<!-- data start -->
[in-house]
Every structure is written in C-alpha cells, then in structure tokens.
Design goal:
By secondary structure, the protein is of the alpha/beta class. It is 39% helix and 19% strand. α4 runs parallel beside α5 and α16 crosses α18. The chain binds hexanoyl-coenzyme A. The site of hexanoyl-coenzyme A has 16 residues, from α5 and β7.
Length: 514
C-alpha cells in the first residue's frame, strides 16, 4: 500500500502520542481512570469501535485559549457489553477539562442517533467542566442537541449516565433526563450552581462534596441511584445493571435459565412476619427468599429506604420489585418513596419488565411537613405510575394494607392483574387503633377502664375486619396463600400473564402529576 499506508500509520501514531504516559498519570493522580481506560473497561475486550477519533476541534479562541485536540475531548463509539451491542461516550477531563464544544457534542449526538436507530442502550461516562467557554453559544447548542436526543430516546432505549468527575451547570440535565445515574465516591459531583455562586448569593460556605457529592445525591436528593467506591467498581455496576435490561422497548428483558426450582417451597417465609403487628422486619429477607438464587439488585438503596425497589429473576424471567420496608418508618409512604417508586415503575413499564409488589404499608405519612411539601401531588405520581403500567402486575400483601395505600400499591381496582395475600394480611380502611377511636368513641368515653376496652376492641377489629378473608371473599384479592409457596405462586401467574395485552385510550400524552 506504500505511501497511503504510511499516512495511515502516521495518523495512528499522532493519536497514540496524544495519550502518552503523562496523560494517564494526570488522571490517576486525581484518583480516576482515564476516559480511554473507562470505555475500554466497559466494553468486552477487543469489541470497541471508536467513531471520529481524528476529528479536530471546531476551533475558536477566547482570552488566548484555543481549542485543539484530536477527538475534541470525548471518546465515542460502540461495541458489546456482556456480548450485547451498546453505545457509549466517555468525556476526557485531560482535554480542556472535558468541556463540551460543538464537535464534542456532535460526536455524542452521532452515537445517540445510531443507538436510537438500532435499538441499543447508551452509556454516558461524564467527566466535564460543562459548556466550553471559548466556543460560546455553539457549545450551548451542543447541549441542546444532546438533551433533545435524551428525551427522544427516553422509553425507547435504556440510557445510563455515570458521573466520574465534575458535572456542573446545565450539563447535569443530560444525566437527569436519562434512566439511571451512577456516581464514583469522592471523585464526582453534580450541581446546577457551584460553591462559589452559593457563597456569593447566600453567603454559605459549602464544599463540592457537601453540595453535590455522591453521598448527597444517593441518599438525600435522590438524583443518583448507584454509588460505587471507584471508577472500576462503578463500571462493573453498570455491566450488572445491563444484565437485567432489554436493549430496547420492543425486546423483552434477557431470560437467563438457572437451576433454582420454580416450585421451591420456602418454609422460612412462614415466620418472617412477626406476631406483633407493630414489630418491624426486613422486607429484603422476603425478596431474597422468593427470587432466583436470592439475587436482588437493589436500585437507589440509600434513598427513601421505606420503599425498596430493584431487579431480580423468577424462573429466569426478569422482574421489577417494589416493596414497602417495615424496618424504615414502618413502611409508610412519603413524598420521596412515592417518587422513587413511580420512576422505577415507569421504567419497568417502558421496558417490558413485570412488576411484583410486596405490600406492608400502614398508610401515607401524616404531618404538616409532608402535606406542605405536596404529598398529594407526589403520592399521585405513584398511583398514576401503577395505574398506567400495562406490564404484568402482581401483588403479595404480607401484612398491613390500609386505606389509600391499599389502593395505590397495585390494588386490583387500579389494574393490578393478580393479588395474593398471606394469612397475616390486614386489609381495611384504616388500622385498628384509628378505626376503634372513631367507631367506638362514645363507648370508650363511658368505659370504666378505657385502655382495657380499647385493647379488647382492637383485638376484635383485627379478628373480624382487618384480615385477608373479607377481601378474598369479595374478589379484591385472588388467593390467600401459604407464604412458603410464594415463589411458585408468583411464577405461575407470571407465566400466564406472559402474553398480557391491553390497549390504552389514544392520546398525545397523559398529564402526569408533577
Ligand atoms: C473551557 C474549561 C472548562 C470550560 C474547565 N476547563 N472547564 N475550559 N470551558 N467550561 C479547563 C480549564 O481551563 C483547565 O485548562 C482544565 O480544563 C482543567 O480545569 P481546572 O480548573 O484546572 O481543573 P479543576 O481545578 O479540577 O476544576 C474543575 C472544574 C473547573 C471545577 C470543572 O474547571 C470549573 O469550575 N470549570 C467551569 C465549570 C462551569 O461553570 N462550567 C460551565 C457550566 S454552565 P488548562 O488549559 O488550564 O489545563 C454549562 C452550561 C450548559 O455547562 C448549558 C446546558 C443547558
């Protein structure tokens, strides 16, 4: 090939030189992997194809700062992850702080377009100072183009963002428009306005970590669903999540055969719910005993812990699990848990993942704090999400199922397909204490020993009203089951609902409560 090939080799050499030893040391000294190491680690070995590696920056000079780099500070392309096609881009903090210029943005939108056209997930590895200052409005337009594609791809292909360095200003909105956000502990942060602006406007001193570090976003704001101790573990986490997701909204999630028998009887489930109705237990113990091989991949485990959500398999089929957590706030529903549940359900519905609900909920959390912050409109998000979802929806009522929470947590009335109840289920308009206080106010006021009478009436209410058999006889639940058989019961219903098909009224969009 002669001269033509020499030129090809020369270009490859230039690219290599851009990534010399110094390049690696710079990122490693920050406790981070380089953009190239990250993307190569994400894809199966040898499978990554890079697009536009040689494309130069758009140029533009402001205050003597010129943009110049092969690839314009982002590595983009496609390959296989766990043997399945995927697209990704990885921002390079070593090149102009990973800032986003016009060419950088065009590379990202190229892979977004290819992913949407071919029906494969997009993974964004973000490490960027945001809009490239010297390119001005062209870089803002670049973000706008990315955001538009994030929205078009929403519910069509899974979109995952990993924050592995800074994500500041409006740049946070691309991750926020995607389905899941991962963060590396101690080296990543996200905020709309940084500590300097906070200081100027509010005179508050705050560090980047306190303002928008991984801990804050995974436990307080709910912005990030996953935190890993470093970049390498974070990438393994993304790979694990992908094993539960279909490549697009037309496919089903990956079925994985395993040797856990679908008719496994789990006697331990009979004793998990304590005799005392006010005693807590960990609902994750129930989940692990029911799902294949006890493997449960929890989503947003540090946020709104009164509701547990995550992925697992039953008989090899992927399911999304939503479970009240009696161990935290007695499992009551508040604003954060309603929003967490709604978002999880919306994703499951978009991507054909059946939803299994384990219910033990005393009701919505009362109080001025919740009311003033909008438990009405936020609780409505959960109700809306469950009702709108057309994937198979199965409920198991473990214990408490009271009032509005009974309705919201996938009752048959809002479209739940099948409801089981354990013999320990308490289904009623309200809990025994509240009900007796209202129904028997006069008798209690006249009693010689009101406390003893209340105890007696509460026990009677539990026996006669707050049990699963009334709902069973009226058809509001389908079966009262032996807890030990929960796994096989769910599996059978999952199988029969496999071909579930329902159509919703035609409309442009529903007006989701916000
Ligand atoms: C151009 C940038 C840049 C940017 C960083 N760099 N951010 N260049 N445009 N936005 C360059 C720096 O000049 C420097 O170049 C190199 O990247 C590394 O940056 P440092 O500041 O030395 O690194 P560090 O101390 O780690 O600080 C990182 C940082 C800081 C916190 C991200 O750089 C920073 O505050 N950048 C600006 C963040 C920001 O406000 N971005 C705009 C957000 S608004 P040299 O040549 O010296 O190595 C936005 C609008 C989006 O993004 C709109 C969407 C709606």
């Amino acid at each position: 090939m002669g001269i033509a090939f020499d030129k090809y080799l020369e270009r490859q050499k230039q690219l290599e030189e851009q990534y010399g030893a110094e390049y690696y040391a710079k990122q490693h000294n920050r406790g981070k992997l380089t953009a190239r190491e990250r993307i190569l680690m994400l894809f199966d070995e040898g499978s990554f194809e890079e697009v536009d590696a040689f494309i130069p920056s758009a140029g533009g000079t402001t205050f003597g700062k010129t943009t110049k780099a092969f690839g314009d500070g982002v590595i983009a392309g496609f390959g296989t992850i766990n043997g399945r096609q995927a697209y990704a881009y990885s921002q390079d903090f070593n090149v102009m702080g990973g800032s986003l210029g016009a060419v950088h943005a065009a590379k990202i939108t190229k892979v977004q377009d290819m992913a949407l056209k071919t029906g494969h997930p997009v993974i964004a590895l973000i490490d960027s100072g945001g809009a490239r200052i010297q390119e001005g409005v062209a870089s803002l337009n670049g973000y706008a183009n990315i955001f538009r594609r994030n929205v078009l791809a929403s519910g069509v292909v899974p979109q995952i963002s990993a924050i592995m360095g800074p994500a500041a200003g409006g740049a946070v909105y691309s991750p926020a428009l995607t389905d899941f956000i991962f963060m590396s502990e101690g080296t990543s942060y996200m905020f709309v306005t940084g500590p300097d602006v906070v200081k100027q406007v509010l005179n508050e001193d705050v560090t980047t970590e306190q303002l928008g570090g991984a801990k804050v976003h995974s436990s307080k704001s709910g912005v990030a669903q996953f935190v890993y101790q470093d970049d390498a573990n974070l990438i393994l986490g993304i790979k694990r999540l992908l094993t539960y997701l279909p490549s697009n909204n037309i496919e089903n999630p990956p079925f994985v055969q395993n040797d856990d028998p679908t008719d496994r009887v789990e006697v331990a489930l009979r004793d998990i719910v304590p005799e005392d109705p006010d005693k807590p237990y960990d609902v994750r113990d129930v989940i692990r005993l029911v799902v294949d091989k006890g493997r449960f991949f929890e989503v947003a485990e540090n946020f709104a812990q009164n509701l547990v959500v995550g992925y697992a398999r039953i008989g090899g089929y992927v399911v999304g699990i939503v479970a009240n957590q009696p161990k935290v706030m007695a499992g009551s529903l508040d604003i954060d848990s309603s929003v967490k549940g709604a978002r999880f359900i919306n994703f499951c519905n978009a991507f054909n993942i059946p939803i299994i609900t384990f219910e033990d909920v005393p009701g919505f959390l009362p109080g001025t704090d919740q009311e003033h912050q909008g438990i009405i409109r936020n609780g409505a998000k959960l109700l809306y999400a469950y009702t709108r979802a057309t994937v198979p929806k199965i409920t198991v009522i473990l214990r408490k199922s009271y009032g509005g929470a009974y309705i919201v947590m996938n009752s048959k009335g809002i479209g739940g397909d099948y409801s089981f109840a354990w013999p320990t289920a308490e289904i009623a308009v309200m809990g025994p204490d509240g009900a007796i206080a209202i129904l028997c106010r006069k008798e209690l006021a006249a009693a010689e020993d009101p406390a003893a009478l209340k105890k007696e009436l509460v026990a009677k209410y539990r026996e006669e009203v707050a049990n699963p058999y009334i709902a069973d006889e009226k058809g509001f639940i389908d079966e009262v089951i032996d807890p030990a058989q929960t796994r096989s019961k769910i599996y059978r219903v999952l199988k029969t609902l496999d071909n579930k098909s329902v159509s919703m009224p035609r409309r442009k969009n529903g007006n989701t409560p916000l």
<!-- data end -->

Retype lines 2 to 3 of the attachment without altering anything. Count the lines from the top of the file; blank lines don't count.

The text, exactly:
Every structure is written in C-alpha cells, then in structure tokens.
Design goal: